The project was commissioned by the public organization Turner Contemporary, which promotes the fine arts of the past and the present, as well as the connections of the outstanding landscape painter J. M. U. Turner with Margit, where he studied, and later - lived for twenty years. He argued that Margate has “the most beautiful sky in all of Europe,” but today, with the increasing popularity of overseas holidays among the British, this town, one of the first seaside resorts in the British Isles, is not going through the best of times. Therefore, the municipal authorities are carrying out a program of reconstruction of its entire coastal zone. And one of the most important points of this plan was the construction of a gallery for Turner Contemporary. The first competition for her project was won by the Norwegian workshop Snohetta, but both the cost of their building (about 50 million pounds) and its risky location (on a pier in the sea) forced the customers to outsource the development of the project to David Chipperfield.
According to his plan, the gallery will be located on the city embankment, on the border of the Old City. It will be placed on a high terrace to protect it from the seasonal rise in sea levels. A wide staircase and a ramp will lead to the entrance to the building. The three-storey building will reach a height of 20 m and will be clearly visible from different points of Margita.
On its upper level, from where views of the sea will open, exhibition halls will appear, below there will be a gallery for exhibitions of young artists, a multifunctional auditorium for 80 people, a museum shop and a cafe.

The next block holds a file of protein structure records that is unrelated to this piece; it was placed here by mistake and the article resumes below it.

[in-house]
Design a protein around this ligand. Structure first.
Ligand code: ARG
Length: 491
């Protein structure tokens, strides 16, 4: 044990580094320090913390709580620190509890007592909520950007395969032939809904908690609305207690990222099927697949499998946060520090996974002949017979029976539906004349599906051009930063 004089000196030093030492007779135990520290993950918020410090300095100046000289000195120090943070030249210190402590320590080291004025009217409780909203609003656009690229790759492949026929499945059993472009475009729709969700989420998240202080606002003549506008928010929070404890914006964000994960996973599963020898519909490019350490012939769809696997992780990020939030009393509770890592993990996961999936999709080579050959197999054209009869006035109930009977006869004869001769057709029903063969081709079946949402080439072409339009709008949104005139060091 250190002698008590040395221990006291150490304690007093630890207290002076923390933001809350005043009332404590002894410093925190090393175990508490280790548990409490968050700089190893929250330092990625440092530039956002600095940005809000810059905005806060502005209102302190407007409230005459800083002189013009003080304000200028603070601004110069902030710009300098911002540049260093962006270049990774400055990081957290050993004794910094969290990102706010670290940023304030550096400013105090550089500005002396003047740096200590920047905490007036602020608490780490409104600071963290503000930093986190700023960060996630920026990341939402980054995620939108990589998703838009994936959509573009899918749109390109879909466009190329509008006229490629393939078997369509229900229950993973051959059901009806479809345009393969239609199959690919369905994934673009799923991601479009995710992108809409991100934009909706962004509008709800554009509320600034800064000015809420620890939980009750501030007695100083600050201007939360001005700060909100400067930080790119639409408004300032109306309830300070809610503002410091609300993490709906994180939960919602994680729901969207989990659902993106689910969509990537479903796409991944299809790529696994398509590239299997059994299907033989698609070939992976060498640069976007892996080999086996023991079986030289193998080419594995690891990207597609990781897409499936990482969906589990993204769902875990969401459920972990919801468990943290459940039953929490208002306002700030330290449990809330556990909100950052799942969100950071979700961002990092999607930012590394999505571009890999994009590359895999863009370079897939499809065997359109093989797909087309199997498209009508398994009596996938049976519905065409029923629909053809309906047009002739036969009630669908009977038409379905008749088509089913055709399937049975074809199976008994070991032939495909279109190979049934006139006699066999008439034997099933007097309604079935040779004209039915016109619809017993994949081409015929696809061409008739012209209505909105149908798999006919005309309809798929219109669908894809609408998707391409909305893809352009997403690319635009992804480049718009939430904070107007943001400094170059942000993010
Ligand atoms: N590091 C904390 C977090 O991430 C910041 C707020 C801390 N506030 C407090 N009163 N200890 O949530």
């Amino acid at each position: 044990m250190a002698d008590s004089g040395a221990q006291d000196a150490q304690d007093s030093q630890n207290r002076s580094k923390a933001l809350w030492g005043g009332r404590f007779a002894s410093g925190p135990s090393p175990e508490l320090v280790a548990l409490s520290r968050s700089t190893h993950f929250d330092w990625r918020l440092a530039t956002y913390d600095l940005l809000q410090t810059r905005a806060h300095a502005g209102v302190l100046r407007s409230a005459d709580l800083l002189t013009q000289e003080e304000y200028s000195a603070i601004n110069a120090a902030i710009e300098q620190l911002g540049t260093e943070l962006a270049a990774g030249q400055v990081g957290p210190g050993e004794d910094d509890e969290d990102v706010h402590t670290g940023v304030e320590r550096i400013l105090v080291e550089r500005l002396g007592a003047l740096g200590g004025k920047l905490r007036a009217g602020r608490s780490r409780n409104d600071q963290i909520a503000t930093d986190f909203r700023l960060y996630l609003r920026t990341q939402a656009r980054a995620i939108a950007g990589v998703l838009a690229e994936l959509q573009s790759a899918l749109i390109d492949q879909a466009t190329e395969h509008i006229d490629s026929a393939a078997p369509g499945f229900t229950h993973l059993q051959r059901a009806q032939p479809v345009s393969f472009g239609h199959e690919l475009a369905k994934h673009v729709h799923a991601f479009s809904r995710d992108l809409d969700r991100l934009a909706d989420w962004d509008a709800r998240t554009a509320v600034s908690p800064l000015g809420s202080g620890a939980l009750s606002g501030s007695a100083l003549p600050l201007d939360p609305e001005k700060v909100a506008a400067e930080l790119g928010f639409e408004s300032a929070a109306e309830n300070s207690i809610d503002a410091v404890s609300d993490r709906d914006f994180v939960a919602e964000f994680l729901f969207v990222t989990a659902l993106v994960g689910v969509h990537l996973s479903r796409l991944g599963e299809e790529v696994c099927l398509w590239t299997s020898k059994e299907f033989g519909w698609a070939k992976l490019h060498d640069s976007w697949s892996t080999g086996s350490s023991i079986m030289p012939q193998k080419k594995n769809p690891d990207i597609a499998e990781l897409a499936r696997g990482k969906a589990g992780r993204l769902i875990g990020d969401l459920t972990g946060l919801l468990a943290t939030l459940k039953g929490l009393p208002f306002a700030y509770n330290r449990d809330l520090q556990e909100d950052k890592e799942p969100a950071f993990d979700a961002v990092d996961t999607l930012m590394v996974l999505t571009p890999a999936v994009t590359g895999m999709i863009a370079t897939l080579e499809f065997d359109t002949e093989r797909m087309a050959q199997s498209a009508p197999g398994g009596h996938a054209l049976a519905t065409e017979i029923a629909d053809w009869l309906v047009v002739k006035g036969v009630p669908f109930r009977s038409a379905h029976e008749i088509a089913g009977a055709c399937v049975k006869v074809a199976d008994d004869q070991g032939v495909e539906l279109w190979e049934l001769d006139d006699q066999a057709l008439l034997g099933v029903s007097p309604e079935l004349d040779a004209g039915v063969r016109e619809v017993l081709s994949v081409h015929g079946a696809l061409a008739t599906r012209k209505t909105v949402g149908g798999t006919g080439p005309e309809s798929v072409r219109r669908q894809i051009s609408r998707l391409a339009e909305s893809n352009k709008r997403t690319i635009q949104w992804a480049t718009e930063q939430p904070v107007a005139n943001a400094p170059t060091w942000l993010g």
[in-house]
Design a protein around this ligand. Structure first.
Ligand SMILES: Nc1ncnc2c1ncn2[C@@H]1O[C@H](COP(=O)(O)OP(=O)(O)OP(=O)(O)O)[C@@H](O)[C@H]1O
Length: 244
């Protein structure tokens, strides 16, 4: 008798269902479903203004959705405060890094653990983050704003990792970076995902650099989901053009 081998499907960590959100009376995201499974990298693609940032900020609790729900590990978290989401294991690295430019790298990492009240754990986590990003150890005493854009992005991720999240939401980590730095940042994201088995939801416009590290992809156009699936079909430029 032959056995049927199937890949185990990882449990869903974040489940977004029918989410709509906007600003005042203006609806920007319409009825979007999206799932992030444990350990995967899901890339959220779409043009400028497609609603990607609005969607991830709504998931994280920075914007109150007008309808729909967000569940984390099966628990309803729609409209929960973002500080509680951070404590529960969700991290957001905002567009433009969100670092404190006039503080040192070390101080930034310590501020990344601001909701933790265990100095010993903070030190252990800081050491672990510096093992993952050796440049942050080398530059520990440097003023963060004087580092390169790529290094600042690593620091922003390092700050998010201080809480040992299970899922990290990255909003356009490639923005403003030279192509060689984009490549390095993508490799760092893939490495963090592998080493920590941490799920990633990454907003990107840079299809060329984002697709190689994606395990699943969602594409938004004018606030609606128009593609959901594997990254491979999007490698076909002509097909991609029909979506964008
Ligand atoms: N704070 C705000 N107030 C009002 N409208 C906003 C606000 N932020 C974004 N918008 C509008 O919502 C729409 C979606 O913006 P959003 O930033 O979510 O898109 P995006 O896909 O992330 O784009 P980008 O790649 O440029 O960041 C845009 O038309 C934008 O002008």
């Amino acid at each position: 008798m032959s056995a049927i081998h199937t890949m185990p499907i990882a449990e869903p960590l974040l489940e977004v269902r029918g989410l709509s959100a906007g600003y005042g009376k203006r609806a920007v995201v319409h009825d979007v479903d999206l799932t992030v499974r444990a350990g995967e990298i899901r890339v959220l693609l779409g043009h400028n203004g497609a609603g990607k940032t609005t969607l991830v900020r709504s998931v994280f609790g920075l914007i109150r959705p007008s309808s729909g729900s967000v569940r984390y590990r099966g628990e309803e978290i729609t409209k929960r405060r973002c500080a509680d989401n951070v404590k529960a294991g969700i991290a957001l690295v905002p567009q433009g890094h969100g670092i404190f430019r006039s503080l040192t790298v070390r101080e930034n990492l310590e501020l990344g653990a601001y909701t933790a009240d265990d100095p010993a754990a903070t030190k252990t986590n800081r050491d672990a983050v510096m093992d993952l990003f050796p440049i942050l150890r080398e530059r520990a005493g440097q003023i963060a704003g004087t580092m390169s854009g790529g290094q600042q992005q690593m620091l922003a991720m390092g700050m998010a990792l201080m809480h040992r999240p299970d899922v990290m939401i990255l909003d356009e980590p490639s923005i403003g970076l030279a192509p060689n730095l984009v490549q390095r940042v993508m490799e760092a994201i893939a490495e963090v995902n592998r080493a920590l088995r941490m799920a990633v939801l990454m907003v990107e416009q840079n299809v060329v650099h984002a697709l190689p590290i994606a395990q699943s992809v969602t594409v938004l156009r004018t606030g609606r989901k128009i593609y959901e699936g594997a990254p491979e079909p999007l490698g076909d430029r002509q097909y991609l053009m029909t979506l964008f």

Construction on the £ 17.4 million building will begin next summer and should be completed in 2010.
Another Chipperfield project was also recently published: it is about a new store of the Peek & Cloppenburg company, which is due to appear in Vienna. This company, which sells clothes of the world's leading brands in the countries of Central and Eastern Europe, has paid special attention to the architecture of its department stores not for the first time: in autumn 2005, Peek & Cloppenburg, designed by Renzo Piano, opened in Cologne.
Chipperfield's task in Vienna was complicated by the fact that the city's central area is protected by UNESCO as a World Cultural Heritage Site. Therefore, it was necessary to fit the new building into the fabric of the historical building. The architect, instead of seeking an obvious refuge in historicism, turned to the archetypal form of a multi-storey "building with windows." But his interpretation is as abstract and laconic as possible. The facade of the five-storey building is faced with light Danube (Istrian) limestone. Its solidity, emphasized materiality is combined with the surrounding buildings. The store's central atrium, with its bronze and glass ceilings, should be reminiscent of similar solutions in the large department stores of the 19th century.